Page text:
'The US Constitution explicitly forbids government censorship. So Silicon Valley big-tech companies made themselves the gatekeepers of 'goodthink,' de-platforming anyone who runs afoul of their arbitrary ‘community standards.’
Alex Jones, the host of InfoWars, has often been derided by establishment media as a conspiracy theorist. Yet on Monday, Apple, Spotify, YouTube and Facebook proved right the motto of his show – “There’s a war on for your mind!” – by blocking or deleting InfoWars accounts from their platforms, saying he allegedly engaged in “hate speech” and violated their “community standards.”
Simply put, these corporations appointed themselves arbiters of acceptable political thought, and censored Jones for failing to comply with arbitrary political standards set in Silicon Valley boardrooms, not at the ballot box.
— Nigel Farage (@Nigel_Farage) August 6, 2018
The First Amendment to the US Constitution says that Congress shall make no law “abridging the freedom of speech, or of the press.” There is no “hate speech” exemption, either. In fact, hate speech is not even a legal category in the US. However, a chorus of voices all too glad Jones was purged immediately chimed up to argue that Apple, Alphabet, Facebook and Spotify are private companies and this does not apply to them.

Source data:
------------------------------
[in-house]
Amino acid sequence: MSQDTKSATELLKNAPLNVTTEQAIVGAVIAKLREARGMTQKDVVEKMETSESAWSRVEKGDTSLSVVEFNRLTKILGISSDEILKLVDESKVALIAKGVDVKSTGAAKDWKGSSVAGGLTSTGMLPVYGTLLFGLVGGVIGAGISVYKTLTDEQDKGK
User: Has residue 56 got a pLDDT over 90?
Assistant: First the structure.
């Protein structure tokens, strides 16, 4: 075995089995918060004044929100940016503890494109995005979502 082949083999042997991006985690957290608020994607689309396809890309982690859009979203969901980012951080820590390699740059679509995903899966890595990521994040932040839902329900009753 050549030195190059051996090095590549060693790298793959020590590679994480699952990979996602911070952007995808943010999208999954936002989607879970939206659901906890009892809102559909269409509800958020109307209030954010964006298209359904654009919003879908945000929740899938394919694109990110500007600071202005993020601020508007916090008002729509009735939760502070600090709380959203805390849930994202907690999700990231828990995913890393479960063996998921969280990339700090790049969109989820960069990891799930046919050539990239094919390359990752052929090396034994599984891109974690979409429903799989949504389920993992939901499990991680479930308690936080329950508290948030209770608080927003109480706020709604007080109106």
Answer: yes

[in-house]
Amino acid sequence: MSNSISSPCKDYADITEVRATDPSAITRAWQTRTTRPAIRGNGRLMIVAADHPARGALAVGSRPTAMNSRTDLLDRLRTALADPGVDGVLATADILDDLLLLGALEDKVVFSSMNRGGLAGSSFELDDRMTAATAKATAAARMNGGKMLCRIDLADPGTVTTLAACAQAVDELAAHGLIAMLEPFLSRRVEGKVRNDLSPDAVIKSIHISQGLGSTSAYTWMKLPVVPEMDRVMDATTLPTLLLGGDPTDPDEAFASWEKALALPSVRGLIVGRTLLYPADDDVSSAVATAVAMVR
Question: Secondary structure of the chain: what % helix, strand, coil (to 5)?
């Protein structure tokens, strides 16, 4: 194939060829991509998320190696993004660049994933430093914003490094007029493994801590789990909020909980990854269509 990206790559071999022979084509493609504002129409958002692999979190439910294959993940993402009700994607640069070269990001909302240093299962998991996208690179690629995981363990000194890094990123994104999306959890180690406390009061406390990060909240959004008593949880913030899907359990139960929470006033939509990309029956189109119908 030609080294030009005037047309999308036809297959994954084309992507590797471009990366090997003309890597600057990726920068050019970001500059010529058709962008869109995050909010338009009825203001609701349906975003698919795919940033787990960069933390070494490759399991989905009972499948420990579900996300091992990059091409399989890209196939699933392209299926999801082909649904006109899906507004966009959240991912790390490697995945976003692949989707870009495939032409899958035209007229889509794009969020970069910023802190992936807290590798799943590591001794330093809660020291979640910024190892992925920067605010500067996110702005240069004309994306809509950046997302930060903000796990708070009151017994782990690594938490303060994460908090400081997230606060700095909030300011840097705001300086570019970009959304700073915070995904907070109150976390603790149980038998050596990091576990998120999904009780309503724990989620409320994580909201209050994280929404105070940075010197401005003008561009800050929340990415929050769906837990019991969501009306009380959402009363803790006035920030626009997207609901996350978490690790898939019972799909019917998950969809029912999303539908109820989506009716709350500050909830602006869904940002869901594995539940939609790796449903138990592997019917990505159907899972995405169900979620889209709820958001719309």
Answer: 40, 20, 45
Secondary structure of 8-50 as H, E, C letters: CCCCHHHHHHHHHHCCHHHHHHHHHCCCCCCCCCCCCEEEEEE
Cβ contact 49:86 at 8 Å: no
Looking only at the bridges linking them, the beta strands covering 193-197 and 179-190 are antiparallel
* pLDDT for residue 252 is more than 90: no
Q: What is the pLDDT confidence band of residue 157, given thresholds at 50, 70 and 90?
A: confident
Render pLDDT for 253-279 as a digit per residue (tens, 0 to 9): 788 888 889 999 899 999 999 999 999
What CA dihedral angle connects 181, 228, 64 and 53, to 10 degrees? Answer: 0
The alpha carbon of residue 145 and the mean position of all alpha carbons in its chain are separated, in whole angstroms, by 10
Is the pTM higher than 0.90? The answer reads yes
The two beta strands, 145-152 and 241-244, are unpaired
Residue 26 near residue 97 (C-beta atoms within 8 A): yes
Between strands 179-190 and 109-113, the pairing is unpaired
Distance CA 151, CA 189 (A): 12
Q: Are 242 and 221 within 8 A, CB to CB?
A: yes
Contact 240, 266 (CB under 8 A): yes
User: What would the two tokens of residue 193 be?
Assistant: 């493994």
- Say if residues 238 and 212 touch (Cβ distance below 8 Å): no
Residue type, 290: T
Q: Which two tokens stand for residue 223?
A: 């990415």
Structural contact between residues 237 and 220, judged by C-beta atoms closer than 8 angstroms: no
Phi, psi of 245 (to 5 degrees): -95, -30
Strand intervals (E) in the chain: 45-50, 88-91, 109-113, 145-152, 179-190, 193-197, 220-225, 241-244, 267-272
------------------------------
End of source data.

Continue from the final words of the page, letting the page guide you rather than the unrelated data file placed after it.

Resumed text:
There is a wrinkle in that argument, though: civil rights outfits such as the ACLU have argued that social media amount to a “designated public forum” in cases where government officials tried to avail themselves of blocking, muting and other functions put forth by Big Tech as a way to police “toxicity” on their platforms.
“When the government designates social media a public forum, the First Amendment prohibits it from limiting the discourse based on viewpoint,” the ACLU said in a brief submitted last year in a case before the Fourth Circuit Court of Appeals in Virginia. “When a government actor bans critics from speaking in a forum, it silences and chills dissent, warps the public conversation, and skews public perception,” the ACLU brief went on.'
Read more: Chilling precedent? InfoWars block exposes Big Tech as no friend of free speech